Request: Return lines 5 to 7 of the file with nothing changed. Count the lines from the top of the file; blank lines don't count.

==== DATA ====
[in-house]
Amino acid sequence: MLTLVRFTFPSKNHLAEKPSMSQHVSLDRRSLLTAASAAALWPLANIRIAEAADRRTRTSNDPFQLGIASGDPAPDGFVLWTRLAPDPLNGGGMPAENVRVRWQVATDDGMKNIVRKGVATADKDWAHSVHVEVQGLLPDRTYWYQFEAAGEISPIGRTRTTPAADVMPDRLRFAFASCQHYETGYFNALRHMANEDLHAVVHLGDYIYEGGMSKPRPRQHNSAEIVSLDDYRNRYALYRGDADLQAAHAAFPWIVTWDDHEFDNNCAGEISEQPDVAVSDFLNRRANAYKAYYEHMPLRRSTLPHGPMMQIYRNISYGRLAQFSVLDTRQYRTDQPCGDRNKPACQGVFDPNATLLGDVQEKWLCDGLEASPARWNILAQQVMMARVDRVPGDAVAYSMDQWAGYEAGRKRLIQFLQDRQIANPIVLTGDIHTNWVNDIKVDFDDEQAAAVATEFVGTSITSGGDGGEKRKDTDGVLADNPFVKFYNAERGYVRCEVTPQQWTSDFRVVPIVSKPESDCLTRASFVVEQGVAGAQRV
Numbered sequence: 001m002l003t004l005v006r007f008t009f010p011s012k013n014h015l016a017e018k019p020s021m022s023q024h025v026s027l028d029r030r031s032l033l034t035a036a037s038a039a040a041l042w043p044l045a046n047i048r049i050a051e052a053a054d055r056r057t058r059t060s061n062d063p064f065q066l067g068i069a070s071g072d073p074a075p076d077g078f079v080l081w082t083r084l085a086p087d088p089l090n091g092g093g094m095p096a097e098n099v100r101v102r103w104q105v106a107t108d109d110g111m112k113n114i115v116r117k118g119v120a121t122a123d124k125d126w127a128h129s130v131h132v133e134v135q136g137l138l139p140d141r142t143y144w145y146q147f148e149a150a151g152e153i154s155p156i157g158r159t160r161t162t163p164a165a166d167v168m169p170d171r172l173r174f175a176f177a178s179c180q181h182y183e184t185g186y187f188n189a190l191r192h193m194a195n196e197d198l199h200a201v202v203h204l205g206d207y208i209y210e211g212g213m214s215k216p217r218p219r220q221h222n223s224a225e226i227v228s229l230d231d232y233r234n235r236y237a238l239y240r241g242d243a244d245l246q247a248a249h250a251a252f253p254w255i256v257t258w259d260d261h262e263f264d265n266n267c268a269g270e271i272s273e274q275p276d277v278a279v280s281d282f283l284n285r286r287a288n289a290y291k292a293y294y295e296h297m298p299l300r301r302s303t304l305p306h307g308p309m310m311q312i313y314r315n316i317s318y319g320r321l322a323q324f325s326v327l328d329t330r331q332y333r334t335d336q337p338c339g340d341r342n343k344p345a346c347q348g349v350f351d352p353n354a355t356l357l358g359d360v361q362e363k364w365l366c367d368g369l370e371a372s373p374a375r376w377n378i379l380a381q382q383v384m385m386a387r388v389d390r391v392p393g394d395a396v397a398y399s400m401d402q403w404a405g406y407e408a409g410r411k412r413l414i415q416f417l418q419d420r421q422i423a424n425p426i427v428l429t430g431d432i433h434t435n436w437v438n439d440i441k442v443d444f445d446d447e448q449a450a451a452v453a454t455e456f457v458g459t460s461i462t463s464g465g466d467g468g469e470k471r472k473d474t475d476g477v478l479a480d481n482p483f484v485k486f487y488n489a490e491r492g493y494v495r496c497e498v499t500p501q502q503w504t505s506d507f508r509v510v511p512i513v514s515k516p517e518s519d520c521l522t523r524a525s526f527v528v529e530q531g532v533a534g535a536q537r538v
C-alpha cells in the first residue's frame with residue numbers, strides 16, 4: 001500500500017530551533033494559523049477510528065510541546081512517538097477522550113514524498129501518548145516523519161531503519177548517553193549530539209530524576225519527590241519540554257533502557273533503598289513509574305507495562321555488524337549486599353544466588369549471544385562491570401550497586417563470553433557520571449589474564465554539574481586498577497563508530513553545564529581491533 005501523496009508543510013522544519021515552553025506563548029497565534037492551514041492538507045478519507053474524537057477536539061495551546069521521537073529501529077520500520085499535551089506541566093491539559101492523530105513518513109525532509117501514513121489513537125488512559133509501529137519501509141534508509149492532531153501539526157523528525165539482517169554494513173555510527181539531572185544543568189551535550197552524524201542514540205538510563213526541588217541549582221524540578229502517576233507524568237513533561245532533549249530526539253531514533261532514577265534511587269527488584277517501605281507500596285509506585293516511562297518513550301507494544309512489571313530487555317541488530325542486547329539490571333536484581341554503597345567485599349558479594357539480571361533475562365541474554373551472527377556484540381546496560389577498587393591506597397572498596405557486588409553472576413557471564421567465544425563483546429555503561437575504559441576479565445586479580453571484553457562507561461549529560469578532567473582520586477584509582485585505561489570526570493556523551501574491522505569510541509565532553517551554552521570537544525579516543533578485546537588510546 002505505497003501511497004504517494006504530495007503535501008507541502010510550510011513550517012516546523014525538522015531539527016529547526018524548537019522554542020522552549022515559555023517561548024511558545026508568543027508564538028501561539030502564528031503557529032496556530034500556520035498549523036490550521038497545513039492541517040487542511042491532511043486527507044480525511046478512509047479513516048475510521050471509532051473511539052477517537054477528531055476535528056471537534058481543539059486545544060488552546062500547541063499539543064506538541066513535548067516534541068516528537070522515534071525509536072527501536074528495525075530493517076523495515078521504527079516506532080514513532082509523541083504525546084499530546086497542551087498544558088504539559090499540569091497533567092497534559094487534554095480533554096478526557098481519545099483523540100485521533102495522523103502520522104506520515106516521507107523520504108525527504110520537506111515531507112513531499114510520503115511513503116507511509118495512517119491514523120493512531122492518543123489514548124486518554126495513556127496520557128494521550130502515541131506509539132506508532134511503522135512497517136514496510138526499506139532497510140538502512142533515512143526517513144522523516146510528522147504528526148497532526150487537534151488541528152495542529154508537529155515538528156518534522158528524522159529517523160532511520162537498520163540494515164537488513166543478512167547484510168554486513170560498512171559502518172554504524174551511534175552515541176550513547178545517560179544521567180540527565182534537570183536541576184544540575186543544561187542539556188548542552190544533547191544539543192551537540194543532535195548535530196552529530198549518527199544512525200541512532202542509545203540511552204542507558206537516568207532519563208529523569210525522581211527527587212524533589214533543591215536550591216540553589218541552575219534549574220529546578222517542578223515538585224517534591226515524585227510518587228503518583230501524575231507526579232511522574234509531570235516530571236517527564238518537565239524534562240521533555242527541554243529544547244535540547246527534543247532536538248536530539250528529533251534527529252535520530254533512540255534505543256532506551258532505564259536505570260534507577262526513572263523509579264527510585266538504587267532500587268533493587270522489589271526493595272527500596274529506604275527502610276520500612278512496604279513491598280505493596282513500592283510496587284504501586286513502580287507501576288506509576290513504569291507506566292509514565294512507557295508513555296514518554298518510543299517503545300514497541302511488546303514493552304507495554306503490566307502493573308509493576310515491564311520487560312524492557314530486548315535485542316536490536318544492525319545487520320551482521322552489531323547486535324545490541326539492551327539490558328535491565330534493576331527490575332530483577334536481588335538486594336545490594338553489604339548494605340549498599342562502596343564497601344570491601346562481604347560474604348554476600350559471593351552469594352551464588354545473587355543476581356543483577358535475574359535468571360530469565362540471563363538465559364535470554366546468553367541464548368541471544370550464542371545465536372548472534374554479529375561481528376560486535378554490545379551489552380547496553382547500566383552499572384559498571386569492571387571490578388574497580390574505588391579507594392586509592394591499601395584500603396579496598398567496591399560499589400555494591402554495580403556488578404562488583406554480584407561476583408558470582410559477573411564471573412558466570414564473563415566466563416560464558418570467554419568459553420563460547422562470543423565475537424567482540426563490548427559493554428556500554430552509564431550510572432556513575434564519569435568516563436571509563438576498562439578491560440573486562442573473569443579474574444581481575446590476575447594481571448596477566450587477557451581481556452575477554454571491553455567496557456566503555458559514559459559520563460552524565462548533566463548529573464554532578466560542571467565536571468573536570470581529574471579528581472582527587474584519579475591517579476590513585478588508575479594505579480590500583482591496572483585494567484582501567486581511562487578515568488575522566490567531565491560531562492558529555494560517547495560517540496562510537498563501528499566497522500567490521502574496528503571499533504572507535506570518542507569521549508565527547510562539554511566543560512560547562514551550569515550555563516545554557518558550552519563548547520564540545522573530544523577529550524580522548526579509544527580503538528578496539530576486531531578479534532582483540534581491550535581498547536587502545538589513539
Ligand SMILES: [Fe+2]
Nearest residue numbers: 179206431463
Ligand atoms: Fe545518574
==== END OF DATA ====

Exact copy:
Ligand SMILES: [Fe+2]
Nearest residue numbers: 179206431463
Ligand atoms: Fe545518574